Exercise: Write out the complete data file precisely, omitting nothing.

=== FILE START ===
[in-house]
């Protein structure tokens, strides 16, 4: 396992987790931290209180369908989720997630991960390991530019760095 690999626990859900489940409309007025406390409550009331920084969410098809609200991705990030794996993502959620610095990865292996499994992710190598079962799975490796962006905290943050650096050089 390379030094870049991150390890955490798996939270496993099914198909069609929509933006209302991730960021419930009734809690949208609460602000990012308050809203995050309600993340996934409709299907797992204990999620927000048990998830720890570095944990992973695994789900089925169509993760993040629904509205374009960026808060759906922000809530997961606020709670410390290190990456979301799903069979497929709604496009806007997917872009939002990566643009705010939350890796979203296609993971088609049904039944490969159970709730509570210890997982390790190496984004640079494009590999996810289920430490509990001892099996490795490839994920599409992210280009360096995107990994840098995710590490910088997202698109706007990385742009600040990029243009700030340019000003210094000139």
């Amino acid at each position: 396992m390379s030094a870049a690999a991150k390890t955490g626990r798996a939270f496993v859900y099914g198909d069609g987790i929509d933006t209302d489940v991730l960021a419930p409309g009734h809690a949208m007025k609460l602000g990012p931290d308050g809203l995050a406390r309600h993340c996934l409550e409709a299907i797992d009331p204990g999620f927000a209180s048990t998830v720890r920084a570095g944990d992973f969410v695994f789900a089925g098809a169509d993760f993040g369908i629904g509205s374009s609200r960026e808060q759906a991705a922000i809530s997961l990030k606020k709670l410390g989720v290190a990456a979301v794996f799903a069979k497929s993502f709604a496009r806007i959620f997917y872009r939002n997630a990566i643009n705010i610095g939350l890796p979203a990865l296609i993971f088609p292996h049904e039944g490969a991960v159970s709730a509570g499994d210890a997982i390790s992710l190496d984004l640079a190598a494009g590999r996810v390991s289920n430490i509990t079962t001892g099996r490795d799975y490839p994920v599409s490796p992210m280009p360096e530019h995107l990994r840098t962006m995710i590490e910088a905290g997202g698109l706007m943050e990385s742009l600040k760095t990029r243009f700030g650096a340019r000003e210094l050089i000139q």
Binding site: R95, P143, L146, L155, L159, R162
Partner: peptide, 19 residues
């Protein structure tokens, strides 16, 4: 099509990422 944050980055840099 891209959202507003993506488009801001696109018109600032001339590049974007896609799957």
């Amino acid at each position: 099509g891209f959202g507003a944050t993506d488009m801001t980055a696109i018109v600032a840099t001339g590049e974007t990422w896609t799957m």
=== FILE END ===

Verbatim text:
[in-house]
């Protein structure tokens, strides 16, 4: 396992987790931290209180369908989720997630991960390991530019760095 690999626990859900489940409309007025406390409550009331920084969410098809609200991705990030794996993502959620610095990865292996499994992710190598079962799975490796962006905290943050650096050089 390379030094870049991150390890955490798996939270496993099914198909069609929509933006209302991730960021419930009734809690949208609460602000990012308050809203995050309600993340996934409709299907797992204990999620927000048990998830720890570095944990992973695994789900089925169509993760993040629904509205374009960026808060759906922000809530997961606020709670410390290190990456979301799903069979497929709604496009806007997917872009939002990566643009705010939350890796979203296609993971088609049904039944490969159970709730509570210890997982390790190496984004640079494009590999996810289920430490509990001892099996490795490839994920599409992210280009360096995107990994840098995710590490910088997202698109706007990385742009600040990029243009700030340019000003210094000139």
């Amino acid at each position: 396992m390379s030094a870049a690999a991150k390890t955490g626990r798996a939270f496993v859900y099914g198909d069609g987790i929509d933006t209302d489940v991730l960021a419930p409309g009734h809690a949208m007025k609460l602000g990012p931290d308050g809203l995050a406390r309600h993340c996934l409550e409709a299907i797992d009331p204990g999620f927000a209180s048990t998830v720890r920084a570095g944990d992973f969410v695994f789900a089925g098809a169509d993760f993040g369908i629904g509205s374009s609200r960026e808060q759906a991705a922000i809530s997961l990030k606020k709670l410390g989720v290190a990456a979301v794996f799903a069979k497929s993502f709604a496009r806007i959620f997917y872009r939002n997630a990566i643009n705010i610095g939350l890796p979203a990865l296609i993971f088609p292996h049904e039944g490969a991960v159970s709730a509570g499994d210890a997982i390790s992710l190496d984004l640079a190598a494009g590999r996810v390991s289920n430490i509990t079962t001892g099996r490795d799975y490839p994920v599409s490796p992210m280009p360096e530019h995107l990994r840098t962006m995710i590490e910088a905290g997202g698109l706007m943050e990385s742009l600040k760095t990029r243009f700030g650096a340019r000003e210094l050089i000139q």
Binding site: R95, P143, L146, L155, L159, R162
Partner: peptide, 19 residues
């Protein structure tokens, strides 16, 4: 099509990422 944050980055840099 891209959202507003993506488009801001696109018109600032001339590049974007896609799957």
């Amino acid at each position: 099509g891209f959202g507003a944050t993506d488009m801001t980055a696109i018109v600032a840099t001339g590049e974007t990422w896609t799957m």